Facebook revealed Tuesday that it removed more than half a billion fake accounts and millions of pieces of violent or obscene content during the first three months of 2018, pledging more transparency while shielding its chief executive from new public questioning about the company's business practices.
Utilizing new artificial-intelligence-based technology, Facebook can find and moderate content more rapidly and effectively than the traditional, human counterpart-that is, in terms of detecting fake accounts or spam, at least.
Graphic violence: During Q1, Facebook took action against 3.4 million pieces of content for graphic violence, up 183% from 1.2 million during Q4.
Facebook has been in hot water following allegations of data privacy violations by Cambridge Analytica, an election consultancy that improperly harvested information from millions of Facebook users for the Brexit campaign and Donald Trump's United States presidency bid.
Facebook reports increased action on graphic content
Hate speech: In Q1, the company took action on 2.5 million pieces of such content, up about 56% from 1.6 million during Q4. One hypothesis for the increase, Schultz said, is that "in [the most recent quarter], some bad stuff happened in Syria".
The report covers the six months from October 2017 to March 2018, and also covered graphic violence, nudity and sex, terrorist propaganda, spam and fake accounts.
Most of the content was found and flagged before users had a chance to spot it and alert the platform. For every 10,000 content views, an estimated 22 to 27 contained graphic violence and 7 to 9 contained nudity and sexual violence that violated the rules, the company said.
Of course, the authors note, while such AI systems are promising, it will take years before they are effective at removing all objectionable content.
Getting rid of racist, sexist and other hateful remarks on Facebook is challenging for the company because computer programs have difficulties understanding the nuances of human language, the company said Tuesday.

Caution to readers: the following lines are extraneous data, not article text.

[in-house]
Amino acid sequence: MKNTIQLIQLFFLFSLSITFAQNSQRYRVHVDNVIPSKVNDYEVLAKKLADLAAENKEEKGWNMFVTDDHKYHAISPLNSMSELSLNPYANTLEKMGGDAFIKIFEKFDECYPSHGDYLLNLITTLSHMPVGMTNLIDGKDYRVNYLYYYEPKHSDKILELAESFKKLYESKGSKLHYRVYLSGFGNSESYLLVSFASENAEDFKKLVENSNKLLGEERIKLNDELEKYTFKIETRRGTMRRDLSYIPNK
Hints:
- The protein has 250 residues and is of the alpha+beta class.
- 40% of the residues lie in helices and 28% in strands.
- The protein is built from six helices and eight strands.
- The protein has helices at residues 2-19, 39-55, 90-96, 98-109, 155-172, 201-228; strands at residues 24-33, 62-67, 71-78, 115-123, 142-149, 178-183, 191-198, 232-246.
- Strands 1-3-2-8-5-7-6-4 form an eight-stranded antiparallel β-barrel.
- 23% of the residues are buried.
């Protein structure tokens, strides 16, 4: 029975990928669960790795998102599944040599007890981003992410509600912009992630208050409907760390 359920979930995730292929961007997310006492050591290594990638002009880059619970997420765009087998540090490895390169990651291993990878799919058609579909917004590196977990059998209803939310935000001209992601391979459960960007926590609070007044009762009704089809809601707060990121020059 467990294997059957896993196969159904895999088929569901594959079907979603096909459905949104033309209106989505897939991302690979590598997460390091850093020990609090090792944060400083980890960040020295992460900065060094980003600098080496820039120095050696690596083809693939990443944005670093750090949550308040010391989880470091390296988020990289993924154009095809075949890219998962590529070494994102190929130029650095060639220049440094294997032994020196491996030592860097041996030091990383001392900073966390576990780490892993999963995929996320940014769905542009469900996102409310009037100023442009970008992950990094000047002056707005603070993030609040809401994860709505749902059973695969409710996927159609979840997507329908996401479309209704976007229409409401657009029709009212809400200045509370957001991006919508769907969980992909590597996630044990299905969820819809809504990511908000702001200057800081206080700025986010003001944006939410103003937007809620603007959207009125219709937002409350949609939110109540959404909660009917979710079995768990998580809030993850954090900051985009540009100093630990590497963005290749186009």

The company said most of the increase was the result of improvements in detection technology.
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In total the social network took action on 3.4m posts or parts of posts that contained such content. During Q1, Facebook found and flagged 85.6% of such content it took action on before users reported it, up from 71.6% in Q4.
While Facebook uses what it calls "detection technology" to root out offending posts and profiles, the software has difficulty detecting hate speech. The content screening has nothing to do with privacy protection, though, and is aimed at maintaining a family-friendly atmosphere for users and advertisers.
"Hate speech content often requires detailed scrutiny by our trained reviewers to understand context and decide whether the material violates standards, so we tend to find and flag less of it, and rely more on user reports, than with some other violation types", the report says.
Facebook says AI has played an increasing role in flagging this content.
The social networking giant also said that it disabled 583m fake accounts in the first quarter of the year and now estimates that between 3pc and 4pc of all active accounts during the period were fake. It said it disabled 583 million fake accounts. "While not always ideal, this combination helps us find and flag potentially violating content at scale before many people see or report it".
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In its latest response, Facebook added a little more colour - although the answer is unlikely to satisfy privacy experts. Zuckerberg had made its clear that any app that either refused or failed an audit would be banned from Facebook.